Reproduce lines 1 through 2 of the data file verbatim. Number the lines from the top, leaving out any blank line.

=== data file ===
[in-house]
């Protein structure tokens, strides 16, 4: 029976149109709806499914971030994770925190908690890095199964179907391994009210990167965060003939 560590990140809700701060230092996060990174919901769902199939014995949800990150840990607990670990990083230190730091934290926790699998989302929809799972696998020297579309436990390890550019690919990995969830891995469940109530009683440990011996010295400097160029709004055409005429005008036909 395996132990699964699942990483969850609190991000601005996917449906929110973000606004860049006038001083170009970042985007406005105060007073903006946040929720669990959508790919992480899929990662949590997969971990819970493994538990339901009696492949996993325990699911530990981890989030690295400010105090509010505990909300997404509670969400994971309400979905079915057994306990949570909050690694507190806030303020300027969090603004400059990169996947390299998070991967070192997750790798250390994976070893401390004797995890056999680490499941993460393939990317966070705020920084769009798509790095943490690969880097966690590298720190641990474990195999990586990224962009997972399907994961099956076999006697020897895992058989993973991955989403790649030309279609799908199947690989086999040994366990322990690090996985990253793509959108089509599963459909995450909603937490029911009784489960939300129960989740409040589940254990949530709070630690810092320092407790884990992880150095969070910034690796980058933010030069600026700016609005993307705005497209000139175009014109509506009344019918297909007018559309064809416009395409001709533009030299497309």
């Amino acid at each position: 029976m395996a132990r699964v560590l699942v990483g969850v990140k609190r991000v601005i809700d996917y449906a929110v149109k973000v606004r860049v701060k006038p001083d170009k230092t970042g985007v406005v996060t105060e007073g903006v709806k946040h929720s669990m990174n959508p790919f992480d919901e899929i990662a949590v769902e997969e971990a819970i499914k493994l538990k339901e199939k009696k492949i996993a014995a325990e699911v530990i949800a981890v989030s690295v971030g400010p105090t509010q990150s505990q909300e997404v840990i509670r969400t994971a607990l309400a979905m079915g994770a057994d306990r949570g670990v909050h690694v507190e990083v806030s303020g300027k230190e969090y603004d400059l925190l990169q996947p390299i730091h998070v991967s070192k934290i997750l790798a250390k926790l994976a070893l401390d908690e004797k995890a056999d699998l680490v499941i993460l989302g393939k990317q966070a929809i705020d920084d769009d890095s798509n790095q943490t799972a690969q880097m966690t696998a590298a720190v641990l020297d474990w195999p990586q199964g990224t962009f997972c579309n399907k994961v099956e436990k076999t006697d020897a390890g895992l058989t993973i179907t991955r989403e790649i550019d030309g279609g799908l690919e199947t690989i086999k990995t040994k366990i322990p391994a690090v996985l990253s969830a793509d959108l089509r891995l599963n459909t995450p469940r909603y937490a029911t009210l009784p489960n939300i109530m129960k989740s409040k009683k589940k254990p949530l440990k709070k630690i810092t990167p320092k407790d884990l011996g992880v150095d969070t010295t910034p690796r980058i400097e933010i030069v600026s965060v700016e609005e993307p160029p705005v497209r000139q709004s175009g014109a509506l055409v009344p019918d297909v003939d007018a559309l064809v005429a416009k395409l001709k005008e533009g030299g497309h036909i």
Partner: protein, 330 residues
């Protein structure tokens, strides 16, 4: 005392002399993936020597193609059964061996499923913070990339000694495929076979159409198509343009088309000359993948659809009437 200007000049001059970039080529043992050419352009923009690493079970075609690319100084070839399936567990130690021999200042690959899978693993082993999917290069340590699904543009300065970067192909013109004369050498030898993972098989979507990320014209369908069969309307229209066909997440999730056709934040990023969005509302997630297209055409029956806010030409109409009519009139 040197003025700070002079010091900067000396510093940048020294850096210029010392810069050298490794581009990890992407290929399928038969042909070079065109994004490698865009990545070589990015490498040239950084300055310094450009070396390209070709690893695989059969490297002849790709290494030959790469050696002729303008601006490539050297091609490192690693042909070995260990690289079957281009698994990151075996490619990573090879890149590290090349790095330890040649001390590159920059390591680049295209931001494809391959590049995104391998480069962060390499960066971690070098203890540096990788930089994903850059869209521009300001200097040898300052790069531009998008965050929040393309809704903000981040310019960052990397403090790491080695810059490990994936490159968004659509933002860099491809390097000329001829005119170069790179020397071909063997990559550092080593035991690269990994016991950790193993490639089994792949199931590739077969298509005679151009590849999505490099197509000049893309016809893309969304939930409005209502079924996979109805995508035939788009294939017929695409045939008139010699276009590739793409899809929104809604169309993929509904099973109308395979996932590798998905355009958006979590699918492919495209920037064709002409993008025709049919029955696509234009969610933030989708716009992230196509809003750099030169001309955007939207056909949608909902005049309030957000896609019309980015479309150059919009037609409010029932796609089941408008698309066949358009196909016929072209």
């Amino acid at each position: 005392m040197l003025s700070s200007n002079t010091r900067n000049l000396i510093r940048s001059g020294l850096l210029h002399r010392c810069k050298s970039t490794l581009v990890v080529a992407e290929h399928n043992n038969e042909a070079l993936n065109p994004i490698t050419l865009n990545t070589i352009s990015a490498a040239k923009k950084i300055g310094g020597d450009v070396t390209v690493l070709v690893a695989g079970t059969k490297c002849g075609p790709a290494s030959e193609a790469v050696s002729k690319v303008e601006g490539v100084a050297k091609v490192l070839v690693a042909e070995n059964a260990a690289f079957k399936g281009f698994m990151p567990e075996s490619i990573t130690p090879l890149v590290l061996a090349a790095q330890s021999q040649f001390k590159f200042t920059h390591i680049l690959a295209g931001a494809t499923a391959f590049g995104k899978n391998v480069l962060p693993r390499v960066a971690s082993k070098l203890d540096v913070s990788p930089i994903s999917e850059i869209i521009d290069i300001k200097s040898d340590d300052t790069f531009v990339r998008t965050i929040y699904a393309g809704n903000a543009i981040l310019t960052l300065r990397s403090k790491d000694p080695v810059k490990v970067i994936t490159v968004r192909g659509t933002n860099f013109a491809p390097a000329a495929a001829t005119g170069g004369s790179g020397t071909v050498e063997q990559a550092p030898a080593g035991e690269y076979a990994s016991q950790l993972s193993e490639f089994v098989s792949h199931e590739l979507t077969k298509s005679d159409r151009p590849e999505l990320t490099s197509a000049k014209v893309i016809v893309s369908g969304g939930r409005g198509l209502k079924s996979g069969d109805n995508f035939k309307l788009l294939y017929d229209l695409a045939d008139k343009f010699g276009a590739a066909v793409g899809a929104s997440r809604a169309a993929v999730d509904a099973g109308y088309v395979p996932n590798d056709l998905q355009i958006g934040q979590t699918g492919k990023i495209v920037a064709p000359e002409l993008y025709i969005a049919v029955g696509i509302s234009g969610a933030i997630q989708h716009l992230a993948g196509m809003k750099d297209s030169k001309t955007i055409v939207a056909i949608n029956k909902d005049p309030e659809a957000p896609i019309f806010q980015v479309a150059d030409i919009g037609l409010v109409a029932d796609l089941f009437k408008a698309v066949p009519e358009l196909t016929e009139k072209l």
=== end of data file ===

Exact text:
[in-house]
């Protein structure tokens, strides 16, 4: 029976149109709806499914971030994770925190908690890095199964179907391994009210990167965060003939 560590990140809700701060230092996060990174919901769902199939014995949800990150840990607990670990990083230190730091934290926790699998989302929809799972696998020297579309436990390890550019690919990995969830891995469940109530009683440990011996010295400097160029709004055409005429005008036909 395996132990699964699942990483969850609190991000601005996917449906929110973000606004860049006038001083170009970042985007406005105060007073903006946040929720669990959508790919992480899929990662949590997969971990819970493994538990339901009696492949996993325990699911530990981890989030690295400010105090509010505990909300997404509670969400994971309400979905079915057994306990949570909050690694507190806030303020300027969090603004400059990169996947390299998070991967070192997750790798250390994976070893401390004797995890056999680490499941993460393939990317966070705020920084769009798509790095943490690969880097966690590298720190641990474990195999990586990224962009997972399907994961099956076999006697020897895992058989993973991955989403790649030309279609799908199947690989086999040994366990322990690090996985990253793509959108089509599963459909995450909603937490029911009784489960939300129960989740409040589940254990949530709070630690810092320092407790884990992880150095969070910034690796980058933010030069600026700016609005993307705005497209000139175009014109509506009344019918297909007018559309064809416009395409001709533009030299497309």